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|Title:||Temporary Water Bodies as Ecological Indicators in West African Drylands|
|Authors:||HAAS Eva Maria|
|Publisher:||Université catholique de Louvain|
|JRC Publication N°:||JRC56215|
|Abstract:||1.5 Objectives of the thesis The overarching aim of the thesis was to understand the potential of water body detections by a wide-field-of-view sensor to indicate ecosystem status in West African drylands. An ecological indicator needs to be based on reliable input data. Thus, the first step was to assess the quality of the novel remote sensing derived water body dataset that is key to this research. The objectives were addressed with two research questions: (1) Are water body observations by wide-field-of-view satellite sensors reliable? Hypothesis: Water bodies can be reliably detected with an optical remote sensing time series at regional scale. Their maximum extent can be mapped and information about inter- and intra-annual seasonal changes can be identified based on the time series of water body detections. (2) What are the relationships between surface water, vegetation cover and rainfall at the ecosystem (or catchment) level and at the regional scale? Hypothesis: Relationships and interactions exist between the seasonality and extent of temporary water bodies, rainfall and vegetation cover. Changes in one factor lead to changes in one or more of the other factors. These changes can be quantified, localized and the relative contribution of each factor can be evaluated. A positive answer to the second hypothesis would imply that the spatial and temporal behaviour of temporary water bodies is a reliable ecological indicator for the state of an arid and semi-arid ecosystem. Thus, it will be possible to generate additional information on drought condition, fire risk, disease risk, land degradation risk, climate change, and biomass production (grazing potential) based on regional scale time series of remote sensing derived temporary water body maps. Actually, if the first hypothesis is supported, temporary water bodies would be relatively easy to monitor and more directly observable in real-time than the other factors mentioned.|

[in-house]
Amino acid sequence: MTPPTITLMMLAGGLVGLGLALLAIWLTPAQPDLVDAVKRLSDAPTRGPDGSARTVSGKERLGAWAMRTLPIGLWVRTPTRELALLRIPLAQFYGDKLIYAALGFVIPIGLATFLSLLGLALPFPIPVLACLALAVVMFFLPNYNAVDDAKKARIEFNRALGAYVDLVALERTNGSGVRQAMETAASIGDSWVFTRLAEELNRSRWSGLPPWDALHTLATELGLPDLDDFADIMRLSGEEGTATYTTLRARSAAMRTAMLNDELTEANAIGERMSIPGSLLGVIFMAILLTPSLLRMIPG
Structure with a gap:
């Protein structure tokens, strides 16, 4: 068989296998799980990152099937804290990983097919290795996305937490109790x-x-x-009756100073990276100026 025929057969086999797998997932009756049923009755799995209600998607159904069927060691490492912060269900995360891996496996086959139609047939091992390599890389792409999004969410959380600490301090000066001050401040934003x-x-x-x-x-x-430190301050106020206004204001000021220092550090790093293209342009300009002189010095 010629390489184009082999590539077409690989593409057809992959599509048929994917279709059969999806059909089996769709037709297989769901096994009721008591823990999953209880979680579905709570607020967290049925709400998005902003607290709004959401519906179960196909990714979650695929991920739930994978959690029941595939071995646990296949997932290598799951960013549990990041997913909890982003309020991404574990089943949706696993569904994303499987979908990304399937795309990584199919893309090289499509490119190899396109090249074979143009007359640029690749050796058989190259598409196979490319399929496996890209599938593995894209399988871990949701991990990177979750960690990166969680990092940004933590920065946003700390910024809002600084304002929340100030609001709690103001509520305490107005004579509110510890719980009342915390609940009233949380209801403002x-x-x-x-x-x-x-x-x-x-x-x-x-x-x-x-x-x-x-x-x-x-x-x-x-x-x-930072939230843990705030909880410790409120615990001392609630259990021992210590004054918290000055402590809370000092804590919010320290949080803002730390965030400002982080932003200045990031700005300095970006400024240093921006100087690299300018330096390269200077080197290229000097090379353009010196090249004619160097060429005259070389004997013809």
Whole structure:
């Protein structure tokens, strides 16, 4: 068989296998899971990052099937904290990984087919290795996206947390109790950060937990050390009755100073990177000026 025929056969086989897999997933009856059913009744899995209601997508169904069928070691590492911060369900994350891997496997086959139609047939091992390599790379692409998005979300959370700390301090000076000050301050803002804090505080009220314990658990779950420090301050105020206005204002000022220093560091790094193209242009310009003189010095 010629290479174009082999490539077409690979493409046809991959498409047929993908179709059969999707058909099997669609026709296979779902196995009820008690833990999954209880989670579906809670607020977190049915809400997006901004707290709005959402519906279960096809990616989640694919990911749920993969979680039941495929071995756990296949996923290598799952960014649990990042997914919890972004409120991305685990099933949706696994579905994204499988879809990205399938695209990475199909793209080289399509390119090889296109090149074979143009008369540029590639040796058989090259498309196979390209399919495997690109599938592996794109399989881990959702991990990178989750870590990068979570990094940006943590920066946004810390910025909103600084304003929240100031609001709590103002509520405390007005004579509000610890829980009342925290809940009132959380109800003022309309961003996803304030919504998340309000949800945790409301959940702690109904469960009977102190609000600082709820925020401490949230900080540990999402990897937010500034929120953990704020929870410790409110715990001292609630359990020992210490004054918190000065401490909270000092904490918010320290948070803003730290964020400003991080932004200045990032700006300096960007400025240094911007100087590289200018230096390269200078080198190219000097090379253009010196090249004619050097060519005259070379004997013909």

|JRC Institute:||Institute for Environment and Sustainability|
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